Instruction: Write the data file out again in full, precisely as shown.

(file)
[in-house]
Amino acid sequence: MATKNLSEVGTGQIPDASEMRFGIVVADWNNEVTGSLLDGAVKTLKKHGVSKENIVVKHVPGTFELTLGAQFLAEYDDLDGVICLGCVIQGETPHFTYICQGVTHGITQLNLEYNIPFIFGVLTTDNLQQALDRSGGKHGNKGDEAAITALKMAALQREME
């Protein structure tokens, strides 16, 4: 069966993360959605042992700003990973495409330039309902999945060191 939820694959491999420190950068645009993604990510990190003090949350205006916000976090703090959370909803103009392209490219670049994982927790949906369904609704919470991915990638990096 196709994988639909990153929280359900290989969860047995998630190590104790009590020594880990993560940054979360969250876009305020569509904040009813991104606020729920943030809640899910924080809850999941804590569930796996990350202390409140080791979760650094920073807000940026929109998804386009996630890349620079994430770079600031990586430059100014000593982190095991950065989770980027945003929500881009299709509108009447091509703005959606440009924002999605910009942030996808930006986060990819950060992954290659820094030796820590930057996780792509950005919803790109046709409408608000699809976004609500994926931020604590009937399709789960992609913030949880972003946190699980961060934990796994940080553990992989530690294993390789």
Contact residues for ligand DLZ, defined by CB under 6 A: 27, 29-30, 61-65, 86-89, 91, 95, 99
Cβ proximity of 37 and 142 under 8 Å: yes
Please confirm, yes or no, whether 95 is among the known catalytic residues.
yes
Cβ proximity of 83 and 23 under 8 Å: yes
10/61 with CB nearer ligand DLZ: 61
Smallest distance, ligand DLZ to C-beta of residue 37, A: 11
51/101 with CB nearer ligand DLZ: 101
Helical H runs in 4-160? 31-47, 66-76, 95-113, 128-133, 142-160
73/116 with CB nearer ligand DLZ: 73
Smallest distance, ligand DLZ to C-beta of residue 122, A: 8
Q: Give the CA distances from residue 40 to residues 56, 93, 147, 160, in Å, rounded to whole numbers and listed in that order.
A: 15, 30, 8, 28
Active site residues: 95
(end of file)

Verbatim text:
[in-house]
Amino acid sequence: MATKNLSEVGTGQIPDASEMRFGIVVADWNNEVTGSLLDGAVKTLKKHGVSKENIVVKHVPGTFELTLGAQFLAEYDDLDGVICLGCVIQGETPHFTYICQGVTHGITQLNLEYNIPFIFGVLTTDNLQQALDRSGGKHGNKGDEAAITALKMAALQREME
């Protein structure tokens, strides 16, 4: 069966993360959605042992700003990973495409330039309902999945060191 939820694959491999420190950068645009993604990510990190003090949350205006916000976090703090959370909803103009392209490219670049994982927790949906369904609704919470991915990638990096 196709994988639909990153929280359900290989969860047995998630190590104790009590020594880990993560940054979360969250876009305020569509904040009813991104606020729920943030809640899910924080809850999941804590569930796996990350202390409140080791979760650094920073807000940026929109998804386009996630890349620079994430770079600031990586430059100014000593982190095991950065989770980027945003929500881009299709509108009447091509703005959606440009924002999605910009942030996808930006986060990819950060992954290659820094030796820590930057996780792509950005919803790109046709409408608000699809976004609500994926931020604590009937399709789960992609913030949880972003946190699980961060934990796994940080553990992989530690294993390789």
Contact residues for ligand DLZ, defined by CB under 6 A: 27, 29-30, 61-65, 86-89, 91, 95, 99
Cβ proximity of 37 and 142 under 8 Å: yes
Please confirm, yes or no, whether 95 is among the known catalytic residues.
yes
Cβ proximity of 83 and 23 under 8 Å: yes
10/61 with CB nearer ligand DLZ: 61
Smallest distance, ligand DLZ to C-beta of residue 37, A: 11
51/101 with CB nearer ligand DLZ: 101
Helical H runs in 4-160? 31-47, 66-76, 95-113, 128-133, 142-160
73/116 with CB nearer ligand DLZ: 73
Smallest distance, ligand DLZ to C-beta of residue 122, A: 8
Q: Give the CA distances from residue 40 to residues 56, 93, 147, 160, in Å, rounded to whole numbers and listed in that order.
A: 15, 30, 8, 28
Active site residues: 95